"All the toils you have gone through have always pointed to this sort of life; your lying on the ground not merely to lie in wait to gratify your unclean desires, but even to accomplish crimes; your vigilance, not only when plotting against the sleep of husbands, but also against the goods of your murdered victims, have all been preparations for this."

Meditati illi sunt: meditati is the past participle of meditor and so it should, logically, be referring to the people from the previous sentence: "They have meditated upon/contemplated/intended devotion/zeal for this life" or something similar. This doesn't seem to be reflected in the Perseus translation at all. What's going on here? :confused:

I have more questions, but they might resolve themselves once I get this first bit, so let's just tackle this for the moment :)
 

Aurifex

Aedilis
Staff member
Meditati illi sunt: meditati is the past participle of meditor and so it should, logically, be referring to the people from the previous sentence: "They have meditated upon/contemplated/intended devotion/zeal for this life" or something similar. This doesn't seem to be reflected in the Perseus translation at all. What's going on here? :confused:
At a glance it looks like the subject of meditati sunt is illi labores tui.
 

Callaina

Feles Curiosissima
So, "Those labours/toils of yours have contemplated/intended..."...?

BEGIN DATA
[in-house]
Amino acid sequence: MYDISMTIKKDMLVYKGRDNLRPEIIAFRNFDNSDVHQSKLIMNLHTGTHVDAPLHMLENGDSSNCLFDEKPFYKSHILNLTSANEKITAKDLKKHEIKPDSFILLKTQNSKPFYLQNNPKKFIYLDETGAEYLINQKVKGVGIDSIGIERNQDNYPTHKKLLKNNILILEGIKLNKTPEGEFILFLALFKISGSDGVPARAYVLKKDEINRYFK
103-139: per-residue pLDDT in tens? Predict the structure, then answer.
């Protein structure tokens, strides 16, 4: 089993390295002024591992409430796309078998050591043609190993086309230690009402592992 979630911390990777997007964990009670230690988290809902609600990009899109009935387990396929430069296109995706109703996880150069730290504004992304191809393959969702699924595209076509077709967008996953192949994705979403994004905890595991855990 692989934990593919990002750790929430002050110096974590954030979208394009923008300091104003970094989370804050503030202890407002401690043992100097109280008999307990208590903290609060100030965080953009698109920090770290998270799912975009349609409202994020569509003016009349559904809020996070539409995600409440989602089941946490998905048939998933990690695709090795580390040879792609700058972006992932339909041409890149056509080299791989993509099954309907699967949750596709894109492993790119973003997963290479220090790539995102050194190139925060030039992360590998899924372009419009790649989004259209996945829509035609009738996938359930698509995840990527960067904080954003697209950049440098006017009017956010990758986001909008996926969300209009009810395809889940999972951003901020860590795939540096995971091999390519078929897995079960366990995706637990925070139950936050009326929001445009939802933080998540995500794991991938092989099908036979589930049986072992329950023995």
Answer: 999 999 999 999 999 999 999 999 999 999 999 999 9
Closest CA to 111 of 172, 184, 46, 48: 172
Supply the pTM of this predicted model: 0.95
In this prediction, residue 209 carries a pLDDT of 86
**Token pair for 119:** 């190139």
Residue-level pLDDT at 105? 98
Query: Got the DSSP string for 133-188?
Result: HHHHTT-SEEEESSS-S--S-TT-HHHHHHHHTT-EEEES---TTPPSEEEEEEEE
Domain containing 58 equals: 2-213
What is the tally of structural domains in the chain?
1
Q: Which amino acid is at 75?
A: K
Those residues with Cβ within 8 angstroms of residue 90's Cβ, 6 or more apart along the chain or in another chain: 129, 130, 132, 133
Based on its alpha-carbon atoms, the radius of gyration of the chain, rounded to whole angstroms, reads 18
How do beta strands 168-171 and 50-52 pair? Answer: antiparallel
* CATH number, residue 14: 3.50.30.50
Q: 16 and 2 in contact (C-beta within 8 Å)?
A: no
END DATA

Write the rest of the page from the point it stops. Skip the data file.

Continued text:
I guess, it just seems a bit odd to think of such an abstract noun "contemplating" anything. I agree, though, that this makes more sense than how I was trying to read it.

That clears up most of my questions in the remainder of the sentence, but I'm still unsure what qui feruntur means here. "Which are said?" It doesn't seem to fit... "Which are borne/carried/endured [by you]"? Maybe... :doh:
 

Pablo222

Member
So, "Those labours/toils of yours have contemplated/intended..."...?

I guess, it just seems a bit odd to think of such an abstract noun "contemplating" anything. I agree, though, that this makes more sense than how I was trying to read it.

That clears up most of my questions in the remainder of the sentence, but I'm still unsure what qui feruntur means here. "Which are said?" It doesn't seem to fit... "Which are borne/carried/endured [by you]"? Maybe... :doh:
which are "given" by you?

I don't know...I just saw this word being commonly translated this way in a couple readings I recently had to do, so I just wanted to blindly throw that out there on the table.
 

Etaoin Shrdlu

Civis Illustris
'Were designed/intended for...': the particular skills that he's acquired can be used for plundering peaceable citizens as well as for committing adultery. I take qui feruntur as meaning 'which are talked about', because he's so notorious, you see.
 

malleolus

Civis Illustris
meditor usually is a deponent verb which is used passively here.

Not quite literally

Your so-called labour(labores qui feruntur) have been conceived in order to pursue this kind of life - to lie on the ground not only to lie in wait for debauchery, but even .......
 

Pacifica

grammaticissima
Staff member
They sometimes are used passively; when it happens, it's most often in the past participle.